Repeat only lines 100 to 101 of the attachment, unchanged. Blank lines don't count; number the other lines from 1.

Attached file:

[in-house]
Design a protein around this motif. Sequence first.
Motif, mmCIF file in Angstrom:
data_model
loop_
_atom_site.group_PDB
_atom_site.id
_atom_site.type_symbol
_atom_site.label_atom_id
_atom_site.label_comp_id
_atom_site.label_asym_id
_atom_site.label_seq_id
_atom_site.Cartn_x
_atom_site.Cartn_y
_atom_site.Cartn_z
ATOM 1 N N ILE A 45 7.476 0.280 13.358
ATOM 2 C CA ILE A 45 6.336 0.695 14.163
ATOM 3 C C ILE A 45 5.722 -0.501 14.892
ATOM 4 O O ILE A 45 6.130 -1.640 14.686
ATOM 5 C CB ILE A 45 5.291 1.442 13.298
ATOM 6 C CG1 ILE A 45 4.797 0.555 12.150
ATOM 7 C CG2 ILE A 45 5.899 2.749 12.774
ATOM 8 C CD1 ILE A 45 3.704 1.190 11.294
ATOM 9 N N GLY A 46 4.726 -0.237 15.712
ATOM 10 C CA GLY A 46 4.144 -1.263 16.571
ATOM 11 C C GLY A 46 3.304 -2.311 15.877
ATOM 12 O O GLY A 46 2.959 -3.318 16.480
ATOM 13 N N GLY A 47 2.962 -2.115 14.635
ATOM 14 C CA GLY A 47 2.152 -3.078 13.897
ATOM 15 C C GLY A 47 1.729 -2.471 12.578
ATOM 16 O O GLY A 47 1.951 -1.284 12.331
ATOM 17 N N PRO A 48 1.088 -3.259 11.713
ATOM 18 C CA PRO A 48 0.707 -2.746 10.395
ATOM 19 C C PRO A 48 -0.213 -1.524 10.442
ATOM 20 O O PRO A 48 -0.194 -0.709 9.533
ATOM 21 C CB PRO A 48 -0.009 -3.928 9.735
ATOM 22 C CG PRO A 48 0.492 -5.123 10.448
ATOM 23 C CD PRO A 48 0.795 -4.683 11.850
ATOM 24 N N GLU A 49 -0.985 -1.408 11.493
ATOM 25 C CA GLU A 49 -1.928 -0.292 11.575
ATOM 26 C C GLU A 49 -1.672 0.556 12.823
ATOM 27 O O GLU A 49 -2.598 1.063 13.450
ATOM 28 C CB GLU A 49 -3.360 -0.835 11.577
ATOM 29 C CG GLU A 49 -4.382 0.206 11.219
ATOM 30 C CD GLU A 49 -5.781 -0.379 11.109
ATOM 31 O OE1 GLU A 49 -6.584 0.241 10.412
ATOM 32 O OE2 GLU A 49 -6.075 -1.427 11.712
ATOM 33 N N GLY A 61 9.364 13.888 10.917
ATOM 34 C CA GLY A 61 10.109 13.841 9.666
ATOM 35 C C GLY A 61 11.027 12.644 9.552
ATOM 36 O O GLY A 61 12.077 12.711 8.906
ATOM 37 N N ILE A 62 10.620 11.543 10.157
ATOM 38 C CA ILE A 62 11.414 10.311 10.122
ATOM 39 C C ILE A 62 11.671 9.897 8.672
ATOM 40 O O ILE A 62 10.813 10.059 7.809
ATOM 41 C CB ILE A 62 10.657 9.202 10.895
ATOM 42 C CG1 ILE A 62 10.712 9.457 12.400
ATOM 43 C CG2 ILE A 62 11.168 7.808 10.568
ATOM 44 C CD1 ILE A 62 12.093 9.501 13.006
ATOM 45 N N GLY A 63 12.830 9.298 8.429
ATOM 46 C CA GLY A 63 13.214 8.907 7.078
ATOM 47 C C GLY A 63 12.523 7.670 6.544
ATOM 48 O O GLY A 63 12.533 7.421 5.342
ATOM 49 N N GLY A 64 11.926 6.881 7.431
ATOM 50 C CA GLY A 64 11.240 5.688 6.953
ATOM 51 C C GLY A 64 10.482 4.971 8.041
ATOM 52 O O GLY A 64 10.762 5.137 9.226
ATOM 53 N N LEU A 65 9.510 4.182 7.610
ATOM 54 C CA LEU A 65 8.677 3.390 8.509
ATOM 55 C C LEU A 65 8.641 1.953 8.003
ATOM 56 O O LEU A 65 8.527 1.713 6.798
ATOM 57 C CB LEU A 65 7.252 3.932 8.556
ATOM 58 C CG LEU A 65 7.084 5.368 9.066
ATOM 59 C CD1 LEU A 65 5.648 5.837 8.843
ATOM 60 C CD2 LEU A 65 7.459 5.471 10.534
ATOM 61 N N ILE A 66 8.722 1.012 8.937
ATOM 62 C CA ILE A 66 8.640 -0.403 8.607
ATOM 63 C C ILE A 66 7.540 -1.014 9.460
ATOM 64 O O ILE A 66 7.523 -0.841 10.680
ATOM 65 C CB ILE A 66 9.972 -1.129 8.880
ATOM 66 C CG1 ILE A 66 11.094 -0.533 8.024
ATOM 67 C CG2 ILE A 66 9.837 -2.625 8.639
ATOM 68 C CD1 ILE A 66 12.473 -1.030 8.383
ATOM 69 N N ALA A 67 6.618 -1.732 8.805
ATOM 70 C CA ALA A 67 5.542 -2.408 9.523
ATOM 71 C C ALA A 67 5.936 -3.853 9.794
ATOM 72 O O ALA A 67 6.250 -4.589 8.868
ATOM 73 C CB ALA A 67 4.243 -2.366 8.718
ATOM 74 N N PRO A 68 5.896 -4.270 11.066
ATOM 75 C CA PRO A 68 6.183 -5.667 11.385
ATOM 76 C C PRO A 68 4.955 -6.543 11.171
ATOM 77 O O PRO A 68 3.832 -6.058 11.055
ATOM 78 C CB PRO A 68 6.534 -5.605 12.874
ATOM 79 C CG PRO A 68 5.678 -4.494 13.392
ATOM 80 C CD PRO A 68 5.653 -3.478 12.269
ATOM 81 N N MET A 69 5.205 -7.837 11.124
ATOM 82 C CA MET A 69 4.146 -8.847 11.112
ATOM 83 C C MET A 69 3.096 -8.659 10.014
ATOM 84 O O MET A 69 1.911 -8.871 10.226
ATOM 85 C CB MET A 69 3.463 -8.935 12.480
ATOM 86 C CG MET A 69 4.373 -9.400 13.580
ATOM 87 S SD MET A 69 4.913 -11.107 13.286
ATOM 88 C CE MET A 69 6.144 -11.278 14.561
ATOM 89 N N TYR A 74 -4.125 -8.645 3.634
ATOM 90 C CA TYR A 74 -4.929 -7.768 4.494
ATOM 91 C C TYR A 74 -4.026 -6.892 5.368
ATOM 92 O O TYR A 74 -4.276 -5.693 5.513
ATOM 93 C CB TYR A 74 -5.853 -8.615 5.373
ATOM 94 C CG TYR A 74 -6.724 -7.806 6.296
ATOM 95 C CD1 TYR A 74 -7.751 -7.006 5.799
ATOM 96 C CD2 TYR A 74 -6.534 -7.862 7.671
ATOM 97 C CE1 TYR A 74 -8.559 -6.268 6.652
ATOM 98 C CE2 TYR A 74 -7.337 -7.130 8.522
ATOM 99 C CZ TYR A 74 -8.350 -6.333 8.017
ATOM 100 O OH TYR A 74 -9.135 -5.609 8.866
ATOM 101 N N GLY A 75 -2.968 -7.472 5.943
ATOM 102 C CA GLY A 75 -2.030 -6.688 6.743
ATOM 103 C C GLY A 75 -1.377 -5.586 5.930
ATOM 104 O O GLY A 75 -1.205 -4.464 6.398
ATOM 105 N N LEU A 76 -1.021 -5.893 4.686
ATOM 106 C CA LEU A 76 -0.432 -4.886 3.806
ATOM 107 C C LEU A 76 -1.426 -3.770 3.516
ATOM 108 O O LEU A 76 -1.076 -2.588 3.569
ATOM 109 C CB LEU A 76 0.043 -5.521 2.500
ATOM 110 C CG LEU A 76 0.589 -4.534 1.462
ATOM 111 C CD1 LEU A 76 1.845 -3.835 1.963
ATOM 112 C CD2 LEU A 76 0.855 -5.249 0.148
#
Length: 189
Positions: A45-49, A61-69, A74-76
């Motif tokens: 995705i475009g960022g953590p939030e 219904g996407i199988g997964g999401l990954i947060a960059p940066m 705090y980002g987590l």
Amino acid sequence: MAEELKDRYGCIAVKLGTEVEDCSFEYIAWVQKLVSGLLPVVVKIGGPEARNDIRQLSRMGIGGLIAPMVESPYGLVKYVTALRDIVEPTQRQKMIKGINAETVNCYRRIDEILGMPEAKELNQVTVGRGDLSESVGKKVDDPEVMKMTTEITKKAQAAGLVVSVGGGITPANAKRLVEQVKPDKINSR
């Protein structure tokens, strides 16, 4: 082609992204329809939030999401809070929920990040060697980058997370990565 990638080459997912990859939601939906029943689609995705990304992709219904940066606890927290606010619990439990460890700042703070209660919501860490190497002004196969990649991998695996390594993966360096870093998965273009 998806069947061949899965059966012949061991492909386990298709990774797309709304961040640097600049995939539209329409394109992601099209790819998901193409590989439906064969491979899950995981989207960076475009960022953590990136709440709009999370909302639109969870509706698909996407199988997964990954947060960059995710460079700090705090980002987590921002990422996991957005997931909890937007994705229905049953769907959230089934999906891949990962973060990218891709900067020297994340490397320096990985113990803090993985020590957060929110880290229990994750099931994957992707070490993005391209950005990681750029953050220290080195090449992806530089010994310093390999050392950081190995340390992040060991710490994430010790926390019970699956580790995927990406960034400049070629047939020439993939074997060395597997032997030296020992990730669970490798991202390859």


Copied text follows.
ATOM 85 C CB MET A 69 3.463 -8.935 12.480
ATOM 86 C CG MET A 69 4.373 -9.400 13.580